The physical resemblance between Karen Jones and Jennifer McCleod is noticeable yet the mother-daughter duo could hardly have more different personalities or approaches to adventure. United by a strong bond, a huge heart and a love for people, animals, and experiences, they’ve already traveled together to foreign and unfamiliar places. Last year was their first time in southern Africa.
Outgoing and exuberant, when Karen isn’t in her sports car or instructing scuba lessons, she’s out on her Harley-Davidson Road King with a riding group, embracing the camaraderie and the magnificence of the Foothills and Rocky Mountains. She was the only one in the Renedian group to bungee jump at Victoria Falls, something she describes as “the most terrifying and exhilarating thing I’ve done in my life!” Jennifer is more sedate, a trait well suited to her work as a nanny.
Karen initially booked a solo spot on the Garden Route, then lost her job in the oil industry. She cancelled but was lucky enough to get work two months later so the trip was back on, this time with Jenn able to join her. Working with Rene and considering both their interests, they opted for the Waterfalls and Wildlife Safari.
Karen already knew she’d love the countries they’d visit. For three years she’d travelled to Chad regularly administering contracts for her employer, spending time off visiting villages and meeting local people. The opportunity with Renedian to combine motorcycling and exploring new African cultures was irresistible, especially when she could share it with her daughter. Not much makes her nervous but riding a BMW for the first time, in Africa, was a bit intimidating. Both mother and daughter were more comfortable with Jenn riding in the back-up vehicle. Jenn’s medical issues were also a concern but they were prepared and other than a sinus cold and flu bug that dogged her, she remained healthy.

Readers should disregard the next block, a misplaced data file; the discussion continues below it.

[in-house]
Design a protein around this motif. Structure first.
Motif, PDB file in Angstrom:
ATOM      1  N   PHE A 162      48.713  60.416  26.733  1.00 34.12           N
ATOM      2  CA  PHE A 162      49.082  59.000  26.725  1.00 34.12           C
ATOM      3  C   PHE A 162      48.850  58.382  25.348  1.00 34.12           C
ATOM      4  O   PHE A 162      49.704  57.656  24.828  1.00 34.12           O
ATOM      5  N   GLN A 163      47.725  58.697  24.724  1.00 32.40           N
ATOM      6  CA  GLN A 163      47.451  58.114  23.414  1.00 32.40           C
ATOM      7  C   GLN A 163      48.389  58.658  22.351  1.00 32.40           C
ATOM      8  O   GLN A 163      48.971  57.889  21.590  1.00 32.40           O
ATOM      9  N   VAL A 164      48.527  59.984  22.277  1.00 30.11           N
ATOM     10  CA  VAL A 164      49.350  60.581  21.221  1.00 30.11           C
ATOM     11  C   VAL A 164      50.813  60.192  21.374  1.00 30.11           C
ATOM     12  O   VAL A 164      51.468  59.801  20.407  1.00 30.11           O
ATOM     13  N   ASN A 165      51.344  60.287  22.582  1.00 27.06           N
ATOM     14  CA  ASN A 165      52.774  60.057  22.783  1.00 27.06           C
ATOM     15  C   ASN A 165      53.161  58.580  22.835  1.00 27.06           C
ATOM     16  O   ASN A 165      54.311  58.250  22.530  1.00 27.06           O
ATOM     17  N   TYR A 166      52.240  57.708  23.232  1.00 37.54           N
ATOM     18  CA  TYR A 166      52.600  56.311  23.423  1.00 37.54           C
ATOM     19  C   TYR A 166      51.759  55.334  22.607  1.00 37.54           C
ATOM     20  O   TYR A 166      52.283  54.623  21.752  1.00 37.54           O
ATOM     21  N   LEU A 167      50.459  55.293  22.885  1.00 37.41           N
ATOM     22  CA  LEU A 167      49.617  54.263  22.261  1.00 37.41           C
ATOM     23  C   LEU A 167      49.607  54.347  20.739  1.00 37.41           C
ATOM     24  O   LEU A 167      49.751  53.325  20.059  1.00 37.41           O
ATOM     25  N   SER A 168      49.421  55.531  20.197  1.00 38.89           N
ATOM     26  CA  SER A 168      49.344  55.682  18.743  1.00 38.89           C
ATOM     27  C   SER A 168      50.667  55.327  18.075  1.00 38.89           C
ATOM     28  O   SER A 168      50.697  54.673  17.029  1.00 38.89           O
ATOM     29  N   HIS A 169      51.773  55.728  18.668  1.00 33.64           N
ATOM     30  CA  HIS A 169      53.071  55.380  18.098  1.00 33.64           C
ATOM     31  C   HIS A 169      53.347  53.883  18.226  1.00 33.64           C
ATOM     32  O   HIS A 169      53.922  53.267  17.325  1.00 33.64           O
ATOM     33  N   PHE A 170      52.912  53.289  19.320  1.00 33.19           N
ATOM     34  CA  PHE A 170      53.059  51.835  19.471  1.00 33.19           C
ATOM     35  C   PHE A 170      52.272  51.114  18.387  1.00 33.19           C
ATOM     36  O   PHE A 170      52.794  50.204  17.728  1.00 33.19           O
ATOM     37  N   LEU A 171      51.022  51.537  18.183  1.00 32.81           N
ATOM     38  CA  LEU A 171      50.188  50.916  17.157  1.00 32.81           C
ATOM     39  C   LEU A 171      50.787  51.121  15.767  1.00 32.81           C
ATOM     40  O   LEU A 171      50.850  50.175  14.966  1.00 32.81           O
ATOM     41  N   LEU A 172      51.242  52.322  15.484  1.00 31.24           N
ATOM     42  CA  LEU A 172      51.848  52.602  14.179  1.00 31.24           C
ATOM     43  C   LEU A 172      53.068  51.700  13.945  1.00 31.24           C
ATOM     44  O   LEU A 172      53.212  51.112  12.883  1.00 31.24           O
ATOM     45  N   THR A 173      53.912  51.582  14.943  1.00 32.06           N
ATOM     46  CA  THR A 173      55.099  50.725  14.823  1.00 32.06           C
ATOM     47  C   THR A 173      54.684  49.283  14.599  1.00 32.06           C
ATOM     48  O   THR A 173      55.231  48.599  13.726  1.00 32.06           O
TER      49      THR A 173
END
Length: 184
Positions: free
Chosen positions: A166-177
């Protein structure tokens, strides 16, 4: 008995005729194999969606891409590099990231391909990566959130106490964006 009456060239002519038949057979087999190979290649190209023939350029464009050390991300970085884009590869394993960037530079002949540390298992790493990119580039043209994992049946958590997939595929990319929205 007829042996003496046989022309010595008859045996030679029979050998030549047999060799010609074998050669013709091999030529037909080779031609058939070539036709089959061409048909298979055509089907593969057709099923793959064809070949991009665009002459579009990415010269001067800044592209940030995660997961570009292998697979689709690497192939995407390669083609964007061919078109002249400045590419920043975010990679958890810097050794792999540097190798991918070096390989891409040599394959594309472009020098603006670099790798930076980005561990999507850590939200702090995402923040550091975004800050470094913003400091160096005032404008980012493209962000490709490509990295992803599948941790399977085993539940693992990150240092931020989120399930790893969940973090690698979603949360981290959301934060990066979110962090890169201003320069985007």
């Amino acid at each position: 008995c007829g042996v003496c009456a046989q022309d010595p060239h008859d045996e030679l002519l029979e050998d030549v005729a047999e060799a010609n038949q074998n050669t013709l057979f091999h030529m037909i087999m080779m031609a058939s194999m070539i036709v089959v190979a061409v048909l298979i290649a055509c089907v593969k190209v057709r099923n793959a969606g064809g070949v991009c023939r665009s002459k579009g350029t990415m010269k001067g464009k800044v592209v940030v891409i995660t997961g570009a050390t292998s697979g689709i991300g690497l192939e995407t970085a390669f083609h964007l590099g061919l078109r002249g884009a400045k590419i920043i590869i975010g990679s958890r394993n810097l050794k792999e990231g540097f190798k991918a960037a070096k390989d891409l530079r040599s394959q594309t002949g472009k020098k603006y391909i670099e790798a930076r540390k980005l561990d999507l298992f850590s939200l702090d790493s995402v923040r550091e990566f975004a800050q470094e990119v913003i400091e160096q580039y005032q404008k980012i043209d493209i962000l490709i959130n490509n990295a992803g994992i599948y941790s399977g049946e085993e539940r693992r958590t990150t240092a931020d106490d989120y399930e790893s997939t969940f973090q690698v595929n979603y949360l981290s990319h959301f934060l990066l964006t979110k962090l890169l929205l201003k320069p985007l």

South Africa was an eye-opener for Jenn who was 19 at the time. “In school we don’t learn how developed the country is. We think everyone lives in mud huts and that’s just not the way it is, “ she marvels.
Seeing a giraffe within a half hour of arriving primed their interest in the wildlife they’d come to see. Karen describes a boat ride down the Chobe River as “a floating zoo” with sightings of hippos, elephants, crocodiles, baboons, kudu, and springboks. Zealous and trying to get just the right photo shot, she had to haul in her enthusiasm and legs which were dangling over the side when the guide advised she was “acting like bait.”
Jenn’s fair skin, blonde hair, and youth drew a lot of attention. The children especially were curious and drawn to her, and all spoke English. “I was surprised at how happy everyone was, even though it seemed they had very little,” she recalls. “No one seemed to have any worries or get upset.”
The meat market in Namibia, where animals are slaughtered initially horrified Jenn. “At first it looks cruel, but every bit of the animal is utilized and sold. The meat cooked right on the spot with our choice of fresh spices is the best we’ve ever had,” she says.
Seeing animals in the wild was a trip highlight. Having to stop to allow a large herd of zebras to pass, driving past a watering hole and being challenged by a male elephant, or dodging donkeys and goats were taken in stride by the guides familiar with animal behavior and travel in these climes.
Both were enamored with their experiences and have already booked a 2017 Victoria Falls to Cape Town safari. Heather wants to see how many African countries she can visit and both love being with the locals, visiting villages, and seeing wildlife.
“We’re going to take what we learned this time on our next trip,” says Karen. “We had three suitcases—way too much. When Rene sends out the list, he knows what he’s talking about. Take the laundry pack and do your laundry as you go. You don’t need much because you’re either in motorcycle gear, shorts, or a sundress.”
“Getting up and seeing a new place every day was amazing,” she continues. “It still blows my mind that I actually did it!”